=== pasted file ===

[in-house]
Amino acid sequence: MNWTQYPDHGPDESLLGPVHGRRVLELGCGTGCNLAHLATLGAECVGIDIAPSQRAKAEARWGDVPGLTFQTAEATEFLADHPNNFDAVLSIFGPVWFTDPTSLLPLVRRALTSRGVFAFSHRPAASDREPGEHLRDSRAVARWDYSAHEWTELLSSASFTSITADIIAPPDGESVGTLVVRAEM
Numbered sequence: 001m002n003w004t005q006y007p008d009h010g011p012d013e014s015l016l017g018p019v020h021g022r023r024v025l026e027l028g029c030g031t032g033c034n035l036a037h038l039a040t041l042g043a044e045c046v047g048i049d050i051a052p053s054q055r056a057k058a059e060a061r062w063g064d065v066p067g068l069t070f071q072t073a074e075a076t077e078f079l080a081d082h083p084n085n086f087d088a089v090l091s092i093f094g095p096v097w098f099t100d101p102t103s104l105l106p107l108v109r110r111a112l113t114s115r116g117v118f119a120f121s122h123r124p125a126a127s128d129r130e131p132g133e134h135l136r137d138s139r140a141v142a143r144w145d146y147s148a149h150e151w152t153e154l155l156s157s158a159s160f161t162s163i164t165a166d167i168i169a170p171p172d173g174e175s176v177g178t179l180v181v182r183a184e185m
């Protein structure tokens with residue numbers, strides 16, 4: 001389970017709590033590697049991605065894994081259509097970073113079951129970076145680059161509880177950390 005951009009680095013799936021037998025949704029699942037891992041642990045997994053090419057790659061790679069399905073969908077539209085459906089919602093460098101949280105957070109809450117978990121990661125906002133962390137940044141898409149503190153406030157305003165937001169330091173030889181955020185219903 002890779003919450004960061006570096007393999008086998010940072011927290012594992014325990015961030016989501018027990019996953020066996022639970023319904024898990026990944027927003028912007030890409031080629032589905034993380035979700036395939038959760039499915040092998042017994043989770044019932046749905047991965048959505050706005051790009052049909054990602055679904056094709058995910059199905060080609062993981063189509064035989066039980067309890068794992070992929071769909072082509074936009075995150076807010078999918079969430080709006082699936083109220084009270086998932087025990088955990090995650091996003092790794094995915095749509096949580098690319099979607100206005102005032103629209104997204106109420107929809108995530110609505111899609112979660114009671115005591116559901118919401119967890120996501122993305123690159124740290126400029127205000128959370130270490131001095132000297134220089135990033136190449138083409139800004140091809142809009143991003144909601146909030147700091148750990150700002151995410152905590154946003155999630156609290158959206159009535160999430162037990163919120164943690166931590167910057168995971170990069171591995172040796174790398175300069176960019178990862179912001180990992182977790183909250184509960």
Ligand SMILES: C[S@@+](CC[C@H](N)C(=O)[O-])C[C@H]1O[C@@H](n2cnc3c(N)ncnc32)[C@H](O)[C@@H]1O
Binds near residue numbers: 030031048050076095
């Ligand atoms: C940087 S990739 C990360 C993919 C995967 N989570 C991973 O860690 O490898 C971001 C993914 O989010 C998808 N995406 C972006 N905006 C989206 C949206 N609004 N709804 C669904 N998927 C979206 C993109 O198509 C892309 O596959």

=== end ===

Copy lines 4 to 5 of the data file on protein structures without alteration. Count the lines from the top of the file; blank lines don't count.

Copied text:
């Protein structure tokens with residue numbers, strides 16, 4: 001389970017709590033590697049991605065894994081259509097970073113079951129970076145680059161509880177950390 005951009009680095013799936021037998025949704029699942037891992041642990045997994053090419057790659061790679069399905073969908077539209085459906089919602093460098101949280105957070109809450117978990121990661125906002133962390137940044141898409149503190153406030157305003165937001169330091173030889181955020185219903 002890779003919450004960061006570096007393999008086998010940072011927290012594992014325990015961030016989501018027990019996953020066996022639970023319904024898990026990944027927003028912007030890409031080629032589905034993380035979700036395939038959760039499915040092998042017994043989770044019932046749905047991965048959505050706005051790009052049909054990602055679904056094709058995910059199905060080609062993981063189509064035989066039980067309890068794992070992929071769909072082509074936009075995150076807010078999918079969430080709006082699936083109220084009270086998932087025990088955990090995650091996003092790794094995915095749509096949580098690319099979607100206005102005032103629209104997204106109420107929809108995530110609505111899609112979660114009671115005591116559901118919401119967890120996501122993305123690159124740290126400029127205000128959370130270490131001095132000297134220089135990033136190449138083409139800004140091809142809009143991003144909601146909030147700091148750990150700002151995410152905590154946003155999630156609290158959206159009535160999430162037990163919120164943690166931590167910057168995971170990069171591995172040796174790398175300069176960019178990862179912001180990992182977790183909250184509960």
Ligand SMILES: C[S@@+](CC[C@H](N)C(=O)[O-])C[C@H]1O[C@@H](n2cnc3c(N)ncnc32)[C@H](O)[C@@H]1O